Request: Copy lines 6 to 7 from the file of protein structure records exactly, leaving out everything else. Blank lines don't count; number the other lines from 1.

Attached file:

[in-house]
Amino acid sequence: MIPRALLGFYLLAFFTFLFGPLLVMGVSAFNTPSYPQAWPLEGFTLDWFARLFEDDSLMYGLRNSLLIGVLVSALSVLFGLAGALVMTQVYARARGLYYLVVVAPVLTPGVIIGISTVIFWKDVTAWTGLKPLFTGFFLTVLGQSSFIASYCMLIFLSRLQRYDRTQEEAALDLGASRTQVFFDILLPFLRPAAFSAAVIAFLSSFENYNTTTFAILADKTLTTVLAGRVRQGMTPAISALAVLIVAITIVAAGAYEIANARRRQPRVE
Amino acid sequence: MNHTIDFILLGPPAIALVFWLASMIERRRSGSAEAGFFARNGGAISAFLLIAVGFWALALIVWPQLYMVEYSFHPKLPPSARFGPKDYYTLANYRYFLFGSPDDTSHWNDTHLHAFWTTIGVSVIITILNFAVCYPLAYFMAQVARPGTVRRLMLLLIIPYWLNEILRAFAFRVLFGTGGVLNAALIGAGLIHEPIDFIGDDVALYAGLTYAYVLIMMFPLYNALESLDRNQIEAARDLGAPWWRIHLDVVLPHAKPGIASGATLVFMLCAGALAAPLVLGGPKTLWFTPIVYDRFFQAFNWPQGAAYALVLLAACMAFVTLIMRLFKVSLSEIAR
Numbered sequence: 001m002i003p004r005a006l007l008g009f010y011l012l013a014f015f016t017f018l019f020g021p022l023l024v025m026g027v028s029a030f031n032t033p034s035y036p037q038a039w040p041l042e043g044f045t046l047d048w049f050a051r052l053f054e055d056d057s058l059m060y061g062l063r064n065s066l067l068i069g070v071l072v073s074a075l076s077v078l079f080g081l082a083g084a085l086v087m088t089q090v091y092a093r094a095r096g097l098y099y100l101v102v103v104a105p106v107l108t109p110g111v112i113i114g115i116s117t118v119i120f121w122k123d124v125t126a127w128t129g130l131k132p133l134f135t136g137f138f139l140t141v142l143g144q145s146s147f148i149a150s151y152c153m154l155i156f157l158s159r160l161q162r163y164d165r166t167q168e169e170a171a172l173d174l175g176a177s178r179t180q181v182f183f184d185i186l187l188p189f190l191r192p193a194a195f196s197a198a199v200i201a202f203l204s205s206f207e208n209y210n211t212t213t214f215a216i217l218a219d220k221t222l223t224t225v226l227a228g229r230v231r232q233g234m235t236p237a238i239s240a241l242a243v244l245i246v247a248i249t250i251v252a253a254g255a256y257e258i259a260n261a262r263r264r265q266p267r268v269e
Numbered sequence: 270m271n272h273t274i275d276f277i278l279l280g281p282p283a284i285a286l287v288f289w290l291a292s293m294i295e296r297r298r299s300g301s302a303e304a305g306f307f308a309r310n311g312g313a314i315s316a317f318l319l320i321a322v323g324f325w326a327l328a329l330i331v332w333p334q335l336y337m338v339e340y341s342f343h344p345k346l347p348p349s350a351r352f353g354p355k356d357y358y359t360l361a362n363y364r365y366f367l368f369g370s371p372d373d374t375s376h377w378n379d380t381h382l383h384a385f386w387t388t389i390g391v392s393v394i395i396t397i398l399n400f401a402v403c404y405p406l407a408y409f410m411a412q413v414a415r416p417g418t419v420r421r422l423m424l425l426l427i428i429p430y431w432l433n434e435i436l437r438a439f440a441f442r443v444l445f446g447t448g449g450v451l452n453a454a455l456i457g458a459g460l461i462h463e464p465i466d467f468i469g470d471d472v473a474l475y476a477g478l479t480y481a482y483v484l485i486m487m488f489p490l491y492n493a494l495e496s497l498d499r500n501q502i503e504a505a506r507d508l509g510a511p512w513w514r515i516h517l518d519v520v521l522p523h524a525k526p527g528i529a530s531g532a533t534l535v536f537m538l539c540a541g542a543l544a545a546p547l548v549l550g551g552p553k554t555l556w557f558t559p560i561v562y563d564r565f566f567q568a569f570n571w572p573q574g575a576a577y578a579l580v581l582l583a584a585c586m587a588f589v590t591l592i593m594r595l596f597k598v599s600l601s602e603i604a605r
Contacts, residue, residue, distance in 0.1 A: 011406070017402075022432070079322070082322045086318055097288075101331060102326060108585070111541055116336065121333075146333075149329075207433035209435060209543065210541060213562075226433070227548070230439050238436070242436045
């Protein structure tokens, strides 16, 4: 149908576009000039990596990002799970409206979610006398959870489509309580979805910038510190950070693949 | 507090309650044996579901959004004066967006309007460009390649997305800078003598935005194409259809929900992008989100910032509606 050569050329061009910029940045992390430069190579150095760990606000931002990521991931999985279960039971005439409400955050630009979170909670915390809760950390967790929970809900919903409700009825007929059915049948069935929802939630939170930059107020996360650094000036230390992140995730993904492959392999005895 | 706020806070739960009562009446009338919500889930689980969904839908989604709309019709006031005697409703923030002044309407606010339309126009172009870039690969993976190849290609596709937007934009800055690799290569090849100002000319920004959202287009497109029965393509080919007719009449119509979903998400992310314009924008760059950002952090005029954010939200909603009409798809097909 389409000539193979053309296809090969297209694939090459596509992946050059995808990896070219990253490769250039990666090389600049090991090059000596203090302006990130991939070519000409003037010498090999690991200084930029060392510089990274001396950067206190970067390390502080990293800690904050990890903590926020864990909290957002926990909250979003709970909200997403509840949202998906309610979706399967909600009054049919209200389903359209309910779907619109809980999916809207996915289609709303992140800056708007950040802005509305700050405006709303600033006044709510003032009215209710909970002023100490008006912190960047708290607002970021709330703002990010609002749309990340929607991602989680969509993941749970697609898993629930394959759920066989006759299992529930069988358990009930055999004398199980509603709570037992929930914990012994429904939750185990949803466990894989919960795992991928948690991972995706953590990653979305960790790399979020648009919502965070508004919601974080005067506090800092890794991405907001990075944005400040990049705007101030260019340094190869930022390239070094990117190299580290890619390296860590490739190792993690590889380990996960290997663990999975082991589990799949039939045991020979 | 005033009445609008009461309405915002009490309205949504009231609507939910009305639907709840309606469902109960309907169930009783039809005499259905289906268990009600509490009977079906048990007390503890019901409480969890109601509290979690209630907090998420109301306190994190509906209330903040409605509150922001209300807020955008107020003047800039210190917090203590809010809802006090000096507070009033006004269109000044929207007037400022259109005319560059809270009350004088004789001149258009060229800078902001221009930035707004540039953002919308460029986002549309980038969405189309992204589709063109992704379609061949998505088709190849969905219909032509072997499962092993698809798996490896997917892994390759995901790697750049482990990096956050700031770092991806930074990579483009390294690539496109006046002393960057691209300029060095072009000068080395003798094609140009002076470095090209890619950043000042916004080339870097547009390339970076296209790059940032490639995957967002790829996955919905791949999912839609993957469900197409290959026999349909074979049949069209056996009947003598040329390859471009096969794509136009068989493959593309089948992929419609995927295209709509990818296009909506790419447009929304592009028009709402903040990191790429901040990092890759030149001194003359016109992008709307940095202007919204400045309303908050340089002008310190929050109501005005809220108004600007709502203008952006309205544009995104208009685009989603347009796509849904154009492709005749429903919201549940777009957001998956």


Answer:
Contacts, residue, residue, distance in 0.1 A: 011406070017402075022432070079322070082322045086318055097288075101331060102326060108585070111541055116336065121333075146333075149329075207433035209435060209543065210541060213562075226433070227548070230439050238436070242436045
């Protein structure tokens, strides 16, 4: 149908576009000039990596990002799970409206979610006398959870489509309580979805910038510190950070693949 | 507090309650044996579901959004004066967006309007460009390649997305800078003598935005194409259809929900992008989100910032509606 050569050329061009910029940045992390430069190579150095760990606000931002990521991931999985279960039971005439409400955050630009979170909670915390809760950390967790929970809900919903409700009825007929059915049948069935929802939630939170930059107020996360650094000036230390992140995730993904492959392999005895 | 706020806070739960009562009446009338919500889930689980969904839908989604709309019709006031005697409703923030002044309407606010339309126009172009870039690969993976190849290609596709937007934009800055690799290569090849100002000319920004959202287009497109029965393509080919007719009449119509979903998400992310314009924008760059950002952090005029954010939200909603009409798809097909 389409000539193979053309296809090969297209694939090459596509992946050059995808990896070219990253490769250039990666090389600049090991090059000596203090302006990130991939070519000409003037010498090999690991200084930029060392510089990274001396950067206190970067390390502080990293800690904050990890903590926020864990909290957002926990909250979003709970909200997403509840949202998906309610979706399967909600009054049919209200389903359209309910779907619109809980999916809207996915289609709303992140800056708007950040802005509305700050405006709303600033006044709510003032009215209710909970002023100490008006912190960047708290607002970021709330703002990010609002749309990340929607991602989680969509993941749970697609898993629930394959759920066989006759299992529930069988358990009930055999004398199980509603709570037992929930914990012994429904939750185990949803466990894989919960795992991928948690991972995706953590990653979305960790790399979020648009919502965070508004919601974080005067506090800092890794991405907001990075944005400040990049705007101030260019340094190869930022390239070094990117190299580290890619390296860590490739190792993690590889380990996960290997663990999975082991589990799949039939045991020979 | 005033009445609008009461309405915002009490309205949504009231609507939910009305639907709840309606469902109960309907169930009783039809005499259905289906268990009600509490009977079906048990007390503890019901409480969890109601509290979690209630907090998420109301306190994190509906209330903040409605509150922001209300807020955008107020003047800039210190917090203590809010809802006090000096507070009033006004269109000044929207007037400022259109005319560059809270009350004088004789001149258009060229800078902001221009930035707004540039953002919308460029986002549309980038969405189309992204589709063109992704379609061949998505088709190849969905219909032509072997499962092993698809798996490896997917892994390759995901790697750049482990990096956050700031770092991806930074990579483009390294690539496109006046002393960057691209300029060095072009000068080395003798094609140009002076470095090209890619950043000042916004080339870097547009390339970076296209790059940032490639995957967002790829996955919905791949999912839609993957469900197409290959026999349909074979049949069209056996009947003598040329390859471009096969794509136009068989493959593309089948992929419609995927295209709509990818296009909506790419447009929304592009028009709402903040990191790429901040990092890759030149001194003359016109992008709307940095202007919204400045309303908050340089002008310190929050109501005005809220108004600007709502203008952006309205544009995104208009685009989603347009796509849904154009492709005749429903919201549940777009957001998956």